CDC reports 90 cases of Chikungunya infections in the Caribbean


The U.S. Centers for Disease Control and Prevention and European Centre for Disease Prevention and Control reported the first laboratory-confirmed cases of Chikungunya in the Americas on the island of Saint Martin in the Caribbean.

The ECDC reported on Wednesday that the total count of Polymerase Chain Reaction-confirmed cases of Chikungunya on the French side of Saint Martin grew to 89, with an additional 20 suspect cases currently under investigation. There is also one confirmed case on the Dutch side of Saint Martin.

The outbreak began on December 6, when the first laboratory-confirmed cases of the disease were documented. This marked the first time the disease was documented in the Americas.

Chikungunya is a common disease in Africa, Southeast Asia, India and parts of Europe. It is a mosquito-borne illness that can cause muscle pain, debilitating joint pain, headaches, fever, rash, nosebleeds and bleeding of the gums.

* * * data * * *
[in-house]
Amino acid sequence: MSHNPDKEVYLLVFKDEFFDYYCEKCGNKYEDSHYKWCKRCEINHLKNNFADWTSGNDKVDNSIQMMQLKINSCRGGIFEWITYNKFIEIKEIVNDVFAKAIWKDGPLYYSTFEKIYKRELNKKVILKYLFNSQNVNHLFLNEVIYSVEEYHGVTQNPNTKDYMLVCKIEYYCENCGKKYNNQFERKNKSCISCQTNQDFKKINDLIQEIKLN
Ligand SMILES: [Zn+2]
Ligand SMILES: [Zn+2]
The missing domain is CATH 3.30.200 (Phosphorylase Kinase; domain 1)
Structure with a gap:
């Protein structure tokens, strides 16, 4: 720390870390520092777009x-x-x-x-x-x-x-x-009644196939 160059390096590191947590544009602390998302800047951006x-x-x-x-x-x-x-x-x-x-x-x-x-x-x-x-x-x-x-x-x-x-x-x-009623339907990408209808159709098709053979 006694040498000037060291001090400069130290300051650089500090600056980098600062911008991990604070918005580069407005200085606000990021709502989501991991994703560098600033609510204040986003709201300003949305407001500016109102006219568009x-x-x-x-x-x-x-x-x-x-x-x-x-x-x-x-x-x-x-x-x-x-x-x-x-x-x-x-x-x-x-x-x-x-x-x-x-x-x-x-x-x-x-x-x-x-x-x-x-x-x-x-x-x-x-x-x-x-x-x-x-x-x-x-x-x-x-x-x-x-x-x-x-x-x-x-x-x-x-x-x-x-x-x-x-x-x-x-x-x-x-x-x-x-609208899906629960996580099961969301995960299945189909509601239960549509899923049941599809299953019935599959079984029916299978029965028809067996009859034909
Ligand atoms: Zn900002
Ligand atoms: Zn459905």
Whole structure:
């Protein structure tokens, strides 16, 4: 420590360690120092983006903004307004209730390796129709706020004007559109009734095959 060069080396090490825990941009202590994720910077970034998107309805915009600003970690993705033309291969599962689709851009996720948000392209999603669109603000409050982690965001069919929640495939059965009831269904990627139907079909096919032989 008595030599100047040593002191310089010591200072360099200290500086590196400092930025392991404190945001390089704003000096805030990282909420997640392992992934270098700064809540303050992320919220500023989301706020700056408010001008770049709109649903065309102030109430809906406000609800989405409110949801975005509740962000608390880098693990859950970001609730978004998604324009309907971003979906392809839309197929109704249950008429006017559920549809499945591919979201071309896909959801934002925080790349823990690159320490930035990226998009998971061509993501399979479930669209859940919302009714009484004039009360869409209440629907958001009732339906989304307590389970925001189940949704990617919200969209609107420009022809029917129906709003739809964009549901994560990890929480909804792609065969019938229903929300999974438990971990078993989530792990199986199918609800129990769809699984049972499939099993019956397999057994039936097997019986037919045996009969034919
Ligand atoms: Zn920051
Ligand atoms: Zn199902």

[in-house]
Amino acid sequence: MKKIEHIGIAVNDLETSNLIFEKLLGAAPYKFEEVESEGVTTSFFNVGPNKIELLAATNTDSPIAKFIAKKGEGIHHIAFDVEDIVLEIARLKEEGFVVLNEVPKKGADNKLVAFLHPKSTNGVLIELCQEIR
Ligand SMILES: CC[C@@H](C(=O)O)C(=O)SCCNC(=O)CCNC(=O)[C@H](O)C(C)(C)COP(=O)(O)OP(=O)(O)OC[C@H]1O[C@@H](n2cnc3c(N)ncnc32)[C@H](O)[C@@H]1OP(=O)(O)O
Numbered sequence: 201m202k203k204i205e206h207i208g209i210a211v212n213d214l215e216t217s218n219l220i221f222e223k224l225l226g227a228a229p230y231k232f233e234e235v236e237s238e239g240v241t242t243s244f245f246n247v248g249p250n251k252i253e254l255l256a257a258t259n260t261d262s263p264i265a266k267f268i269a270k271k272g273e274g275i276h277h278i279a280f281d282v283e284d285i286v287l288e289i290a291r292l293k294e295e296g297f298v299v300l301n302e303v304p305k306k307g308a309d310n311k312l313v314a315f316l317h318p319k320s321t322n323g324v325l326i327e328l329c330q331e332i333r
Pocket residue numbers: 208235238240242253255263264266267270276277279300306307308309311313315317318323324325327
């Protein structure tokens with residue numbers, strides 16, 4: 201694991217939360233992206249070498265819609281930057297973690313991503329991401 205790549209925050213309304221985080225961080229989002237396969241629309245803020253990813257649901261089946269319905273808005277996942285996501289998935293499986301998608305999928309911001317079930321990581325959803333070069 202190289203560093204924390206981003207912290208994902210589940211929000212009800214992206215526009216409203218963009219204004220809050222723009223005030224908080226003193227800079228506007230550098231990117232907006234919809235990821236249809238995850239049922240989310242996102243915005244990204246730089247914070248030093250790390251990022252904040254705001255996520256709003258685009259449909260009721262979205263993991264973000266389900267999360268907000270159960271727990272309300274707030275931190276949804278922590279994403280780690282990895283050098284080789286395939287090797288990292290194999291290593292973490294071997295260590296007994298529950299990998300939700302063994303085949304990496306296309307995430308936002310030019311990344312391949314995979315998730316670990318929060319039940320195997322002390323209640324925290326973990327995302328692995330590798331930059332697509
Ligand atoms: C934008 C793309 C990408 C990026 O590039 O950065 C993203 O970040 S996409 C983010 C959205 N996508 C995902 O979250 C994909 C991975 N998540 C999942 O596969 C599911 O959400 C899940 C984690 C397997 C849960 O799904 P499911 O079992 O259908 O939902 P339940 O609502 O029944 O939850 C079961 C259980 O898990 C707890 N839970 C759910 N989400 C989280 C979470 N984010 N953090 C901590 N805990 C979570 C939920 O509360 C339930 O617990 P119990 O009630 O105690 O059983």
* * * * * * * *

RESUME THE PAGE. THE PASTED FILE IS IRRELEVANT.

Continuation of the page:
Health officials from the CDC are concerned the disease may travel to the American mainland, as the same mosquitoes carrying the virus in Saint Martin are also present in some areas of the United States.

"Microbes know no boundaries, and the appearance of chikungunya virus in the Western hemisphere represents another threat to health security," CDC Director Tom Frieden said. "CDC experts have predicted and prepared for its arrival for several years and there are surveillance systems in place to help us track it. To protect Americans, we have to support and maintain capacity to detect and respond to the emergence of new viruses."